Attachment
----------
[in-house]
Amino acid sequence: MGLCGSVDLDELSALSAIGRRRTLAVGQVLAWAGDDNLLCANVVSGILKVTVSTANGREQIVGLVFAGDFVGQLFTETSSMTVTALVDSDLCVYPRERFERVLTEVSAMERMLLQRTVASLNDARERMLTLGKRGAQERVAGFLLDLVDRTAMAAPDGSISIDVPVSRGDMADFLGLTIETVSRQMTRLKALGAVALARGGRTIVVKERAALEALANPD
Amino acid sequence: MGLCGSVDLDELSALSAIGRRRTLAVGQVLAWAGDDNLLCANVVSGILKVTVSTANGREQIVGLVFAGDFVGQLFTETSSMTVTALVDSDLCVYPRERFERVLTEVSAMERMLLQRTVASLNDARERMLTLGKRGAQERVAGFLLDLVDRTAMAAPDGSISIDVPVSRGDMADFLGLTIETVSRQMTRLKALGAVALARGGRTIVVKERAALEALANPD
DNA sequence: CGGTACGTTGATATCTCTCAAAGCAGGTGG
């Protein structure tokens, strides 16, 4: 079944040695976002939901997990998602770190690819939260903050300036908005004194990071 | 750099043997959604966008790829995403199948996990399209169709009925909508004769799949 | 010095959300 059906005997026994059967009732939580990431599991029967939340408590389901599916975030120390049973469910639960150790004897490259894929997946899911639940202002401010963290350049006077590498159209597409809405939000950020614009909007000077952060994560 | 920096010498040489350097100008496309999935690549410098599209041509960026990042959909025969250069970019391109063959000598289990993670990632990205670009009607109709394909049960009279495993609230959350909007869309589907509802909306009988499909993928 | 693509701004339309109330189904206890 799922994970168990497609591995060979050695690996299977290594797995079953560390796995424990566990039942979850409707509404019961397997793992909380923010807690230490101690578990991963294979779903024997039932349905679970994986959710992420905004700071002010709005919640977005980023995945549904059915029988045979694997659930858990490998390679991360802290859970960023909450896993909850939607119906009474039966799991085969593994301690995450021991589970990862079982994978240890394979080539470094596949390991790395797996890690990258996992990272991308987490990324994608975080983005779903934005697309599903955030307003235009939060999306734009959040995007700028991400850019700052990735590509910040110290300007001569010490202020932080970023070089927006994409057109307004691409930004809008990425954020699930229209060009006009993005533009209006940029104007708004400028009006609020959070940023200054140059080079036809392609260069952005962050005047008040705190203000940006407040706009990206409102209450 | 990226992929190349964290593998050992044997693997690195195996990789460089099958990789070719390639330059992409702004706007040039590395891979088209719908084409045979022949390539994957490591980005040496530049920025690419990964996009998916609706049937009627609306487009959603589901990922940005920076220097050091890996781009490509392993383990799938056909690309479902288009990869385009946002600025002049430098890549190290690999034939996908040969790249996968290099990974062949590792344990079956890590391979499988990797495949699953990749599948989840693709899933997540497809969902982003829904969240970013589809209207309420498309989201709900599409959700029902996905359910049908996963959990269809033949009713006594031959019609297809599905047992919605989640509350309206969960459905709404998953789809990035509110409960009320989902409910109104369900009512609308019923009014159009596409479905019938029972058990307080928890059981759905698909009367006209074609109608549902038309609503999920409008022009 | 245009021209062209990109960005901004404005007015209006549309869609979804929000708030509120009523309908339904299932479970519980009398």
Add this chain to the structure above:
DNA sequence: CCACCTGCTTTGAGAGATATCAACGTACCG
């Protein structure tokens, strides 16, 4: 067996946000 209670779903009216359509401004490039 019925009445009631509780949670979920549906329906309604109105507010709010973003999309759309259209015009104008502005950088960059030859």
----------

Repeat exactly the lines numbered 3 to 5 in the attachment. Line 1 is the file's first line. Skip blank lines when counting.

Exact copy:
Amino acid sequence: MGLCGSVDLDELSALSAIGRRRTLAVGQVLAWAGDDNLLCANVVSGILKVTVSTANGREQIVGLVFAGDFVGQLFTETSSMTVTALVDSDLCVYPRERFERVLTEVSAMERMLLQRTVASLNDARERMLTLGKRGAQERVAGFLLDLVDRTAMAAPDGSISIDVPVSRGDMADFLGLTIETVSRQMTRLKALGAVALARGGRTIVVKERAALEALANPD
DNA sequence: CGGTACGTTGATATCTCTCAAAGCAGGTGG
């Protein structure tokens, strides 16, 4: 079944040695976002939901997990998602770190690819939260903050300036908005004194990071 | 750099043997959604966008790829995403199948996990399209169709009925909508004769799949 | 010095959300 059906005997026994059967009732939580990431599991029967939340408590389901599916975030120390049973469910639960150790004897490259894929997946899911639940202002401010963290350049006077590498159209597409809405939000950020614009909007000077952060994560 | 920096010498040489350097100008496309999935690549410098599209041509960026990042959909025969250069970019391109063959000598289990993670990632990205670009009607109709394909049960009279495993609230959350909007869309589907509802909306009988499909993928 | 693509701004339309109330189904206890 799922994970168990497609591995060979050695690996299977290594797995079953560390796995424990566990039942979850409707509404019961397997793992909380923010807690230490101690578990991963294979779903024997039932349905679970994986959710992420905004700071002010709005919640977005980023995945549904059915029988045979694997659930858990490998390679991360802290859970960023909450896993909850939607119906009474039966799991085969593994301690995450021991589970990862079982994978240890394979080539470094596949390991790395797996890690990258996992990272991308987490990324994608975080983005779903934005697309599903955030307003235009939060999306734009959040995007700028991400850019700052990735590509910040110290300007001569010490202020932080970023070089927006994409057109307004691409930004809008990425954020699930229209060009006009993005533009209006940029104007708004400028009006609020959070940023200054140059080079036809392609260069952005962050005047008040705190203000940006407040706009990206409102209450 | 990226992929190349964290593998050992044997693997690195195996990789460089099958990789070719390639330059992409702004706007040039590395891979088209719908084409045979022949390539994957490591980005040496530049920025690419990964996009998916609706049937009627609306487009959603589901990922940005920076220097050091890996781009490509392993383990799938056909690309479902288009990869385009946002600025002049430098890549190290690999034939996908040969790249996968290099990974062949590792344990079956890590391979499988990797495949699953990749599948989840693709899933997540497809969902982003829904969240970013589809209207309420498309989201709900599409959700029902996905359910049908996963959990269809033949009713006594031959019609297809599905047992919605989640509350309206969960459905709404998953789809990035509110409960009320989902409910109104369900009512609308019923009014159009596409479905019938029972058990307080928890059981759905698909009367006209074609109608549902038309609503999920409008022009 | 245009021209062209990109960005901004404005007015209006549309869609979804929000708030509120009523309908339904299932479970519980009398």